Serving: 1tablespoonCalories: 49kcal (2%)Carbohydrates: 2g (1%)Protein: 1g (2%)Fat: 5g (8%)Saturated Fat: 1g (6%)Sodium: 75mg (3%)Potassium: 48mg (1%)Fiber: 1g (4%)Sugar: 1g (1%)Vitamin A: 313IU (6%)Vitamin C: 3mg (4%)Calcium: 11mg (1%)Iron: 1mg (6%)

Recipe Testers' Reviews

My first experience tasting harissa was at a falafel stand located in the 4th arrondissement of Paris. The harissa was served as a condiment along with the falafel wrap and it was one of those unforgettable food moments. Fast forward to the present and I am so thankful I’ve found this great recipe as it’s absolutely delicious and takes me right back to the flavors I loved in Paris.

Before soaking the dried guajillo chiles, I removed the stems and seeds (the seeds can easily be removed after the stem by tapping the chile gently). I also toasted the chiles for 1 to 2 minutes along with the spices to lend the resulting harissa a roasted depth of flavor. Then I put the spices in my Vitamix to grind them because I don’t have a mortar and pestle. I found that 1/2 teaspoon salt was the perfect amount for my palate. I didn’t need to use any of the reserved chile soaking liquid as the paste came together quite nicely.

I stored my homemade harissa in a brand new clear plastic deli container. I couldn’t let the remaining harissa that was clinging to my food processor blade and bowl go to waste, so I decided to make a hummus to pick up all of the lovely harissa flavors and it was unbelievably good. I will definitely make hummus with harissa again! (For years, I would make hummus and beg my teenage son to try it and he never would. Since finding this recipe, I now make hummus with a tablespoon harissa and my teen dips right into the hummus and loves it! Who knew?! )

Make it, store it, use it—as a marinade, to spice up hummus, to add to soups and stews. Last night I marinated some cubes of lamb shoulder with the homemade harissa for about 30 minutes and grilled them up on skewers. The lamb was so tender and flavorful, just an extra sprinkle of salt was all it needed other than the harissa—delicious. THIS HOMEMADE HARISSA IS SO GOOD. I LOVE IT!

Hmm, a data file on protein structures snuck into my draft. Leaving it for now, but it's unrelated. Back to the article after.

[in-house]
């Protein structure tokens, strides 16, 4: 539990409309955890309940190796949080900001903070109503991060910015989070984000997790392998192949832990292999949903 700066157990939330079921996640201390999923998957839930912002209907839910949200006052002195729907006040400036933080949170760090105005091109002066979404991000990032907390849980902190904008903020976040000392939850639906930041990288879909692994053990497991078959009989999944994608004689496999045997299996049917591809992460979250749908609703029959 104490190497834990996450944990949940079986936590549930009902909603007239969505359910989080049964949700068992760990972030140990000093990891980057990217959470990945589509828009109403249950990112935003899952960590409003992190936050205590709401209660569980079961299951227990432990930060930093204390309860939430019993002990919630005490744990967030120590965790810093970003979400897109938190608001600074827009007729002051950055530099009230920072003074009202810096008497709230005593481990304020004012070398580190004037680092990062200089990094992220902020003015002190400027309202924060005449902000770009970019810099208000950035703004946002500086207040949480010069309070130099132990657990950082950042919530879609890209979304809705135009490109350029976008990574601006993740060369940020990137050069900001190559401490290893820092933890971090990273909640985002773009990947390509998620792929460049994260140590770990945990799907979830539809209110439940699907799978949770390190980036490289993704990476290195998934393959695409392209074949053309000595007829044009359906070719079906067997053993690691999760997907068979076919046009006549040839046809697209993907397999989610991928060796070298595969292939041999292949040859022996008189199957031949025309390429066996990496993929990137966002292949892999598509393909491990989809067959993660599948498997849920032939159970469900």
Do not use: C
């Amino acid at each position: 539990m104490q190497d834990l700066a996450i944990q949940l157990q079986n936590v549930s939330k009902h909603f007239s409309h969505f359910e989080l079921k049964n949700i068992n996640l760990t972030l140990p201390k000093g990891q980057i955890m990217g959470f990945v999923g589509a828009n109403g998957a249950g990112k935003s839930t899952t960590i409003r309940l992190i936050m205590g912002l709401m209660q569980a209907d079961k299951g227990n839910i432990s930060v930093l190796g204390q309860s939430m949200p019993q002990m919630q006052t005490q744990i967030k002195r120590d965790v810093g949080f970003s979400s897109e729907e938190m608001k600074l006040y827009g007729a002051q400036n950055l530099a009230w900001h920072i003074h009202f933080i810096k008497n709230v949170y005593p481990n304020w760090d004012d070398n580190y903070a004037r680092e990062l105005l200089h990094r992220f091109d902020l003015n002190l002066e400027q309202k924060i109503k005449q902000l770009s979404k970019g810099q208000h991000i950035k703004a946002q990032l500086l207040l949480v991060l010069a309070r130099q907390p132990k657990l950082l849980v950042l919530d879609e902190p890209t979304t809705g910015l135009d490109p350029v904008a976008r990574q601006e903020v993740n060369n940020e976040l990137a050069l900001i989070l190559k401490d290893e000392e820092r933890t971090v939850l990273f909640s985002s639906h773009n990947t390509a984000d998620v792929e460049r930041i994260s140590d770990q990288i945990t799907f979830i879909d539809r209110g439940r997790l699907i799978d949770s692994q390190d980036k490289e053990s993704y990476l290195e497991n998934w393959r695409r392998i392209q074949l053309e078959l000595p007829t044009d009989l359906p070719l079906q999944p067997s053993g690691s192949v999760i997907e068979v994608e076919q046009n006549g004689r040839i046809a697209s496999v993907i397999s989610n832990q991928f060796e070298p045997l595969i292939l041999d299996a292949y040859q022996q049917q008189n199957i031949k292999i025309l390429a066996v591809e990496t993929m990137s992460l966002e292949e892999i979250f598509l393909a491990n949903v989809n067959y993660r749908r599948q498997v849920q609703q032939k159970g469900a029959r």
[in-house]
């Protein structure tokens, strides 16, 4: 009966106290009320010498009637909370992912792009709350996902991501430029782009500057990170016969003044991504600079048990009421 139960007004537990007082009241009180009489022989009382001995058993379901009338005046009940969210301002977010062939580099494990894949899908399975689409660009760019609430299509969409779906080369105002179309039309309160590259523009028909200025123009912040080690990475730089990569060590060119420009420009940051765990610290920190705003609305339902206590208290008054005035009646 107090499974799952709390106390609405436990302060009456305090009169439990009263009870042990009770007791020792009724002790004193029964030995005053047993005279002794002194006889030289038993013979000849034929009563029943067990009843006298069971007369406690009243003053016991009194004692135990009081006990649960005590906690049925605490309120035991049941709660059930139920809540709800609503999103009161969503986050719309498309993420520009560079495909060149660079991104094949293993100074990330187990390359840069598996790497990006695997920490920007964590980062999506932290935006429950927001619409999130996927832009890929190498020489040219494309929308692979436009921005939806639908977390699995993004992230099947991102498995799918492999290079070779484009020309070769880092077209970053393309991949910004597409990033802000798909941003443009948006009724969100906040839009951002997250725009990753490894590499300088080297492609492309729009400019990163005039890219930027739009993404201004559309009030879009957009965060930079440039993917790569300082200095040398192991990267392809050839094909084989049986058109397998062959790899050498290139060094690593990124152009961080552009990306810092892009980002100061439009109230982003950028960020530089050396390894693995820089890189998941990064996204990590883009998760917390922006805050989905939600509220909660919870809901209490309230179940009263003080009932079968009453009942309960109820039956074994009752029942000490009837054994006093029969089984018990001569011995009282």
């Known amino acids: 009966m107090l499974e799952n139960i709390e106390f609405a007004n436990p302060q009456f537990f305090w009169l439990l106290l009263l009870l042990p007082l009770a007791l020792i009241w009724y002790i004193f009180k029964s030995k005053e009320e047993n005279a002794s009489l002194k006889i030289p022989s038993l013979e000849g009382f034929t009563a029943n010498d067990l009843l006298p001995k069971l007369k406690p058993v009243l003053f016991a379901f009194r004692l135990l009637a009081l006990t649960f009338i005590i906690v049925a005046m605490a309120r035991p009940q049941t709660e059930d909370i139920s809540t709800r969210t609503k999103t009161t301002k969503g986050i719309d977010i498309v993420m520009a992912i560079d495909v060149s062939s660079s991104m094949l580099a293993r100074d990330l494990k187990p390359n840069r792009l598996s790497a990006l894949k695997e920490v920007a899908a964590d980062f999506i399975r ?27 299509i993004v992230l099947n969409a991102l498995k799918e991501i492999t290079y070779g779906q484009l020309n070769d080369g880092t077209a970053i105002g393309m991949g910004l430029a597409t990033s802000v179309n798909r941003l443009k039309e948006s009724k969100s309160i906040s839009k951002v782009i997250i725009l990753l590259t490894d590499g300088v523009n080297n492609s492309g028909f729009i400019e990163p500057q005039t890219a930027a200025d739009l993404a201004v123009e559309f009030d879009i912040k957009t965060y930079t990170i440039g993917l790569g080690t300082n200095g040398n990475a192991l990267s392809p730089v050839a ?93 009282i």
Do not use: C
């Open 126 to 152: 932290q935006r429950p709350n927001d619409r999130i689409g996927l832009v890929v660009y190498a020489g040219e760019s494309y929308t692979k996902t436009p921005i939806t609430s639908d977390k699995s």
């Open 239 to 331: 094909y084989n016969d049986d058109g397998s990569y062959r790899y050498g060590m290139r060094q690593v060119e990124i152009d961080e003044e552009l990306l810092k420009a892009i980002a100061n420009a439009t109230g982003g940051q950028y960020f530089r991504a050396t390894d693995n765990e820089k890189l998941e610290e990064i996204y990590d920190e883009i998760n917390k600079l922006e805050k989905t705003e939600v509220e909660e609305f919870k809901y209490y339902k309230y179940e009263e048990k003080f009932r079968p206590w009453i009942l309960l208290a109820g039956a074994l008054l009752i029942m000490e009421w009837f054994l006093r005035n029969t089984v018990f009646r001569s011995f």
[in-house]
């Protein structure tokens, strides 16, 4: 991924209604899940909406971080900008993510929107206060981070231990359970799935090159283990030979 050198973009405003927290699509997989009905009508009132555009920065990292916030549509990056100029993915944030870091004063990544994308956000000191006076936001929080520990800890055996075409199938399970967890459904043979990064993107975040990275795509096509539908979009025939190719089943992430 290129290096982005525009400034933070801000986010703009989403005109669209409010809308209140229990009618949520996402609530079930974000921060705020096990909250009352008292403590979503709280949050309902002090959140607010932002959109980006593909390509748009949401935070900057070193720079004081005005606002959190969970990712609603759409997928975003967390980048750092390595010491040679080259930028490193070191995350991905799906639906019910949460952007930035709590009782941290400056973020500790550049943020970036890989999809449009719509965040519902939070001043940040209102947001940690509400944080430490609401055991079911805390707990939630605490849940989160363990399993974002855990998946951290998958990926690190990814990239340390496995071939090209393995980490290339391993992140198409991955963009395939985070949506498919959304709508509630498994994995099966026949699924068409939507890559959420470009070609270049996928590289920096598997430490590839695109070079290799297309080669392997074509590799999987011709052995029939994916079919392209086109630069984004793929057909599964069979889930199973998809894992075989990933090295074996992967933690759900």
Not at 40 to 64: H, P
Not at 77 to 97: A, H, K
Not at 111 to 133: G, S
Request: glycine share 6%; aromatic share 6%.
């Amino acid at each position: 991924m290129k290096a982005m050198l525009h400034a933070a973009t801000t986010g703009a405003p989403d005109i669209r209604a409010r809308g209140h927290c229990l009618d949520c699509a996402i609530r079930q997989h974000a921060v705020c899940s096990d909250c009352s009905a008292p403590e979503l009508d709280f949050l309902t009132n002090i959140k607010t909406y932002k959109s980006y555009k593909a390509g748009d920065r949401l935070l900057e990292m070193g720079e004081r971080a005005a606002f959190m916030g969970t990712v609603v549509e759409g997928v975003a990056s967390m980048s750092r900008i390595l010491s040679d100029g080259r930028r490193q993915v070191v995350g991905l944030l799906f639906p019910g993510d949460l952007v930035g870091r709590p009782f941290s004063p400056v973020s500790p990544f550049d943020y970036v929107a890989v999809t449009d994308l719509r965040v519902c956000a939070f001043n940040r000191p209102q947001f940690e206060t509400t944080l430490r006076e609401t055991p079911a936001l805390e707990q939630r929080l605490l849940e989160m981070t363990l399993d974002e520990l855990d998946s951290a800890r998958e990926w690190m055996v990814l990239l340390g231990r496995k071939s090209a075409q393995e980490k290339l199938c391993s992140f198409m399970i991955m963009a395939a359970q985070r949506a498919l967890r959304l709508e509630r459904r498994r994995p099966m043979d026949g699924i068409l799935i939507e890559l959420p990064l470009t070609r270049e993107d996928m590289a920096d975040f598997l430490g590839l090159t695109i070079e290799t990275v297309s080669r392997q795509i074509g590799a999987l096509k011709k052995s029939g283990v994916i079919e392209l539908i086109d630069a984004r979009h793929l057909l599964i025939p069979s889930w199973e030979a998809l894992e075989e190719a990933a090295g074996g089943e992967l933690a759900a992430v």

You had me at chile and garlic with this harissa recipe. I’ve always purchased this type of sauce, but never again. I used 10 hot cherry peppers to make the homemade harissa as they were small and their heat was moderate.

I toasted the spices and put them warm into the mortar and pestle. (I didn't feel the need to allow them to cool before breaking them down.) I pounded them into pieces as small as possible before adding them to the rest of the ingredients in the food processor. I found the resulting paste a little on the thick side for my taste and added about 1/2 cup chile soaking liquid, processing again for another half minute to incorporate it fully. The resulting paste was flavorful without being blow-your-head-off hot. It just had a pleasant heat at the end.

I did stir in a little squeeze of lemon juice (about a tablespoon or so) at the end to brighten the flavor. I used 125-ml (70-mm) jars to send this out as samples for people to taste. I got 3 jars from 1 batch. The results were raves all around. Many said the homemade version had so much more flavor than the store-bought version. Only one person said it wasn't hot enough. I like that I can control the heat without losing flavor simply by changing the type of fresh chili used. So far I’ve used it in a tomato sauce for eggs, added it to a beef stew, even dabbed a little on a spinach pizza, and all were very good. Definitely a do-again recipe.

Originally published January 25, 2017